ATSs like “clean and simple” because it makes their keyword search easy and efficient. ATSs scan resumes, “parse” or pull out information, and rearrange the resume into a digital candidate profile.

But, ATS aren’t sophisticated enough to recognize, distinguish, and interpret some of the formatting features they come across. They are known to miss important information when the formatting is too “creative”. So, at the risk of sounding like a broken record – clean and simple is the way to go.

How to Format Your Resume for the ATS

Use ATS-friendly font. Times New Roman and Arial are ATS’s favourite, but they’re okay with these as well:

  • Cambria
  • Verdana
  • Trebuchet
  • Garamound
  • Calibri

Use one font consistently throughout your resume. Using different fonts isn’t necessary to make your Section Titles stand out. Bold and “ALL CAPS” your Section Titles, such as PROFILE, WORK EXPERIENCE, EDUCATION, and, you can slightly increase the font size as well (but I don’t think even that is necessary).

Use 10, 10.5, or 11 point font. When you are trying to keep your resume to one page, experiment with fonts and sizes. Cambria 10.5 will fit better than Times New Roman 10.5. Never go above 11, except for Section Titles. There, you can bump it up to 12, but keep the body of text to 10.5 or 11. I always recommend 10.5 for the body.

Use whole words ahead of acronyms. For example, spell out Licensed Practical Nurse and follow it with (LPN). A human will enter keywords into the ATS to search out viable candidates, often using the “spelled out” version of what they’re looking for. The ATS won’t necessarily know LPN is the same as Licensed Practical Nurse, and may not return resumes containing acronyms only.

Use round bullets exclusively. ATSs have a hard time parsing stars, diamonds, check marks, and icons. Don’t challenge it with fancy bullets – it won’t put in the effort.

Use sentences to describe your skills, not bulleted tables. ATSs have a hard time parsing information contained in a table. In the digital rearranging process, this info gets all messed up and becomes unsearchable by the humans. Anyway, you should be describing your skills in your work accomplishments, not in short bullet points. Tables like this one are friendly to neither the ATS nor to the humans.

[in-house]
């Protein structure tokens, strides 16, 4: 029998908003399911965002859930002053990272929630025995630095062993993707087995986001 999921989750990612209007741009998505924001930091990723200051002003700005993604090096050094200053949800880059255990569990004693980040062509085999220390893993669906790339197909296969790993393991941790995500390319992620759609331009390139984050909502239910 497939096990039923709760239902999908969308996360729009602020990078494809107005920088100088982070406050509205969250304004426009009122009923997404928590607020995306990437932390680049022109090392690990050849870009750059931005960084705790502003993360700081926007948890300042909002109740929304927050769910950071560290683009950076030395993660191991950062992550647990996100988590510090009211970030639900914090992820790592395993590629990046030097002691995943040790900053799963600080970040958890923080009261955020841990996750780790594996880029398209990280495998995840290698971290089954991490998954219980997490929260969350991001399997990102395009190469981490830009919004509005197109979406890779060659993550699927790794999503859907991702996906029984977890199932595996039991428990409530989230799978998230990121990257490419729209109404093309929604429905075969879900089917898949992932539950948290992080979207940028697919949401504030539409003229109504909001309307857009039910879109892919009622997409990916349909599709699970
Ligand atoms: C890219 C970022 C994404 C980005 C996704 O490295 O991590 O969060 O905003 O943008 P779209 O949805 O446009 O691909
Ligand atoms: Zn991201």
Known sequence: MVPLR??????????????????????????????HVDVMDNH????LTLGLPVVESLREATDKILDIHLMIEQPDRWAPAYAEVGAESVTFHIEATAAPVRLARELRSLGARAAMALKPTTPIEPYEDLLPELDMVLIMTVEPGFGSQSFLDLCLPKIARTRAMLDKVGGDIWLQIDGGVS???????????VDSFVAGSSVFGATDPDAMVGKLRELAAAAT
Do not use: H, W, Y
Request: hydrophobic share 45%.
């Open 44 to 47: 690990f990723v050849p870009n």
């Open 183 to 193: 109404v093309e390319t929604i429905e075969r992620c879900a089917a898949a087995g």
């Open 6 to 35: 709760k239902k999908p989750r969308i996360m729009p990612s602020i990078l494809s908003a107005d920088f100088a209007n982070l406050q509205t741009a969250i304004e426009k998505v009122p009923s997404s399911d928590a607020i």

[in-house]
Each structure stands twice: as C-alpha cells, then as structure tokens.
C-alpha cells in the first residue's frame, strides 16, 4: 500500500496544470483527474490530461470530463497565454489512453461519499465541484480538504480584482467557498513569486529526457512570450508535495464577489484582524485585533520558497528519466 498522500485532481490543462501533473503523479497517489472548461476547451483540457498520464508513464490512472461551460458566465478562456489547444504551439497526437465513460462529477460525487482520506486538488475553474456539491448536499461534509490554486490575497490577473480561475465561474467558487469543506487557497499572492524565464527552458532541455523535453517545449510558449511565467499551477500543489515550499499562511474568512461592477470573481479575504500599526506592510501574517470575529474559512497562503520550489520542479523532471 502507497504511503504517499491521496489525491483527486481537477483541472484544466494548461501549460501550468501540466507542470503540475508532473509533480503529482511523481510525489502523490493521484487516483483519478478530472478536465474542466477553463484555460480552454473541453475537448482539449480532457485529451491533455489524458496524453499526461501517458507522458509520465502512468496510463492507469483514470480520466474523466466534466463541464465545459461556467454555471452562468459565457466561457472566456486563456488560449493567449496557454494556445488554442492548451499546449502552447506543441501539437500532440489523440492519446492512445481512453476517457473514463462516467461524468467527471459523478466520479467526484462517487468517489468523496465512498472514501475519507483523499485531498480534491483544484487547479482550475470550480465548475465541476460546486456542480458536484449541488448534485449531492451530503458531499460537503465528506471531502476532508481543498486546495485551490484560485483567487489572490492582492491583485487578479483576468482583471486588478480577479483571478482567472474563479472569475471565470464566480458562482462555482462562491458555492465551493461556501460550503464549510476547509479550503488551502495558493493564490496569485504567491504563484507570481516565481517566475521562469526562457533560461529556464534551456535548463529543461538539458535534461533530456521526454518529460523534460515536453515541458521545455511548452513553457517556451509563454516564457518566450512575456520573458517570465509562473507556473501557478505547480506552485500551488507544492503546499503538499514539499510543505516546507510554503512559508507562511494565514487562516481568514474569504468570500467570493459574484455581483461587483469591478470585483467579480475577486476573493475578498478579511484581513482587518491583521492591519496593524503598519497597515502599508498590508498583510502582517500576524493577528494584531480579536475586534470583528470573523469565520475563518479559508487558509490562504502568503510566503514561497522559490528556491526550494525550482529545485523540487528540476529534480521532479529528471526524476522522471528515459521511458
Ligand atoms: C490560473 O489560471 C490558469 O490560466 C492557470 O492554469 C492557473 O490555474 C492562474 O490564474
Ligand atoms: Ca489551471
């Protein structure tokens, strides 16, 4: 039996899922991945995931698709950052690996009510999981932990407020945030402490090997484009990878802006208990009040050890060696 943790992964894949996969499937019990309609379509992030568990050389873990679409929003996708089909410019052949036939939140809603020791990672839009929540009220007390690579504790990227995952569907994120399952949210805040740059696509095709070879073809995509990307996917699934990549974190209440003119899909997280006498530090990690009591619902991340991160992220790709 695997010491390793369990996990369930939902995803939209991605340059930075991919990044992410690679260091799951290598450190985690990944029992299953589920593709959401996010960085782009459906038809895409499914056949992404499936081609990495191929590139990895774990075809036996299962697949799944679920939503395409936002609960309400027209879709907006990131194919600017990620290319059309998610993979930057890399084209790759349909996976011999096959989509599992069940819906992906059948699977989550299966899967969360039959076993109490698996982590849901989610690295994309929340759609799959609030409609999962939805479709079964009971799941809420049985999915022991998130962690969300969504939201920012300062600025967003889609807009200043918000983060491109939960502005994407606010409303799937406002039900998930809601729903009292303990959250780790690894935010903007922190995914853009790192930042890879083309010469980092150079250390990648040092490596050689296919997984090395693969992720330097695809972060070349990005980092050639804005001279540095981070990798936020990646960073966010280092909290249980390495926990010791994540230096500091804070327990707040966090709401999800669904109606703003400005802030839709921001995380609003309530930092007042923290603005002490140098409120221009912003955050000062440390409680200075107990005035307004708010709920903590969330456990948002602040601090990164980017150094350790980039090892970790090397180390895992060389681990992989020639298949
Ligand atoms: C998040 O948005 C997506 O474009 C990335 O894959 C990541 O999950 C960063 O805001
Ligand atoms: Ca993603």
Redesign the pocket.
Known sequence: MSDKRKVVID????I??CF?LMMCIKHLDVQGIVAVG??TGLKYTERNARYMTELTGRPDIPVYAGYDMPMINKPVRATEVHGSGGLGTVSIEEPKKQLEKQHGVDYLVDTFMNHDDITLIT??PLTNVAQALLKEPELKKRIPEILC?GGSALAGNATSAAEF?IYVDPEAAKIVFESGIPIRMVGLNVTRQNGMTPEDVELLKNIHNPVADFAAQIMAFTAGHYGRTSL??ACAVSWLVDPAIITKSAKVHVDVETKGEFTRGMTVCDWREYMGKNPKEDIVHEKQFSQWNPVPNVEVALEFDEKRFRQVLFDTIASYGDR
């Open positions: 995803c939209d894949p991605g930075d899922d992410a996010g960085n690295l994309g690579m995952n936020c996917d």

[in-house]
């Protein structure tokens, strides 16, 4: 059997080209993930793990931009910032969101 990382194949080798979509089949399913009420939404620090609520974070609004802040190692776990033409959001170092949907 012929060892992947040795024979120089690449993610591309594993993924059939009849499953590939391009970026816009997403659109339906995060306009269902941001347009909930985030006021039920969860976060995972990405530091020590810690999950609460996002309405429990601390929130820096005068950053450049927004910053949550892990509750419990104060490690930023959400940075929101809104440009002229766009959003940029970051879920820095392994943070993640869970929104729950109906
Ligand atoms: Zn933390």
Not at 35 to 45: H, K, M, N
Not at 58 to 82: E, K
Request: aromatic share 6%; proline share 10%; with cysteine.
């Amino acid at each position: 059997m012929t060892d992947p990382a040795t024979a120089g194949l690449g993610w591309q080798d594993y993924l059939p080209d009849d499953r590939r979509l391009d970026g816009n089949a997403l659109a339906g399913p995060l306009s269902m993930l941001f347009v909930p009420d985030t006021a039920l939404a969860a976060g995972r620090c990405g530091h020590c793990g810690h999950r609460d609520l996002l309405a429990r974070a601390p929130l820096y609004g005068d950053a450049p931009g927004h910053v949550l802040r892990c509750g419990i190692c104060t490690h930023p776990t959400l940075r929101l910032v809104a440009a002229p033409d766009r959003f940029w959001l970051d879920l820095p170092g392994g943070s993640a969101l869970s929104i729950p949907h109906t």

Use spelled-out dates complete with months
. I get pushback on this one, but my recommendation is supported by the Recruiters I’m in constant touch with. Jobscan’s ATS research says 03/2020 can readily be parsed by ATSs, so that’s all good. But, humans prefer January 2010 to March 2015 instead of 01/2010 – 03/2015. ATSs read the months spelled-out as well, so use spelled-out words to make your resume both ATS-friendly and human eyeball-friendly.

Use your word processor’s “red flags” to correct spacing issues. ATSs aren’t sophisticated enough to figure out you accidentally put an extra space in one (or more) of your critical keywords. If you put an extra space in a multi-keyword, like “safety coordinator”, the ATS won’t recognize it, and that critical keyword gets omitted from your digital profile. The humans will never know you have experience as a safety coordinator. Most word processors will show a squiggly line indicating an extra space, so pay attention when you see them.

Use an appropriate file name. Not all ATSs are created equally. Some will pick up on keywords in the file name, and some won’t. But the file name is important to the humans, and, with the ATS, it’s better to be safe than sorry. Name your file with your name and the position: John Doe Safety Supervisor.docx.

Writing hundreds upon hundreds of resumes, day-in and day-out for years, I’ll admit I get bored with the “clean and simple” resume format. Years ago I did a creative resume for an ad-copy position and had a blast with it. It was fun, it turned out great, and it got the client the interview.

But, I know “clean and simple” works for traditional resumes that have to get past the ATSs, so I stick with it.

Why not grab your FREE copy of HOW TO WRITE A KILLER RESUME! to get access to the Resume Format Template that ATSs love!

 

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terri at resumepro

Terri is an expert resume-writer and a pretty good job coach. During her 30 years in the conventional work force, Terri was fired from 11 jobs, got laid off from 2 jobs, quit 3 jobs, sued 1 employer (successfully), made another cry, and wrote over 100 resumes for herself alone! Since embracing the good old “take this job and shove it” attitude, Terri decided to put all of her shitty “workin’ for the man” experiences and life-lessons to good use, and thus was born www.goresumepro.ca/blog. Enjoy!

ATS (Applicant Tracking System). What It Is and How to Make it Love Your Resume

An applicant tracking system is an electronic resume-screening program that companies use to scan, screen, and filter resumes.

One of an ATS’s main functions is to reduce the number of resumes the humans must eventually read. ATS’s are used by all large corporations like Tim Horton’s, Walmart, and McLeans, most big companies like Stuart Olsen, Kal Tire, CNRL, all Government agencies, all School Boards, City Departments, some Towns and Municipalities, City Police, RCMP, Banks, and on and on. Even smaller companies with large employee-turnaround, like small construction-trades companies, use an ATS.